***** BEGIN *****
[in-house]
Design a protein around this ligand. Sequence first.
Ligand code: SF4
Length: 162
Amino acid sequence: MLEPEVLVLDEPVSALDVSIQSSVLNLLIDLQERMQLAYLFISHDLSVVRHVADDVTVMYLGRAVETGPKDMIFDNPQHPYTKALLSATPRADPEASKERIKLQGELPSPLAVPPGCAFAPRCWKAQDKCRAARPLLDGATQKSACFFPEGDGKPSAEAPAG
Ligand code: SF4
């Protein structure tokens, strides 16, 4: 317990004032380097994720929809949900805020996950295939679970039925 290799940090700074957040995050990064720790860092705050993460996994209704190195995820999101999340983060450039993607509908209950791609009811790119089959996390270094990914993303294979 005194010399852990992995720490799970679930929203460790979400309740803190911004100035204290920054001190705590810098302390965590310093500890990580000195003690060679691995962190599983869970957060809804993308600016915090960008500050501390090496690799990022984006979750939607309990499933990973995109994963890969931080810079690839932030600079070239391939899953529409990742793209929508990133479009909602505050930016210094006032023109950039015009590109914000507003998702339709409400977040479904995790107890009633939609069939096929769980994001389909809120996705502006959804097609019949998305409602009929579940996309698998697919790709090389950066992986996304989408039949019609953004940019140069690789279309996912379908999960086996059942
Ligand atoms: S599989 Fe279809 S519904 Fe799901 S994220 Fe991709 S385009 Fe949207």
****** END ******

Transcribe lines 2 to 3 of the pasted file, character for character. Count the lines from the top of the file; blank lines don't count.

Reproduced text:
Design a protein around this ligand. Sequence first.
Ligand code: SF4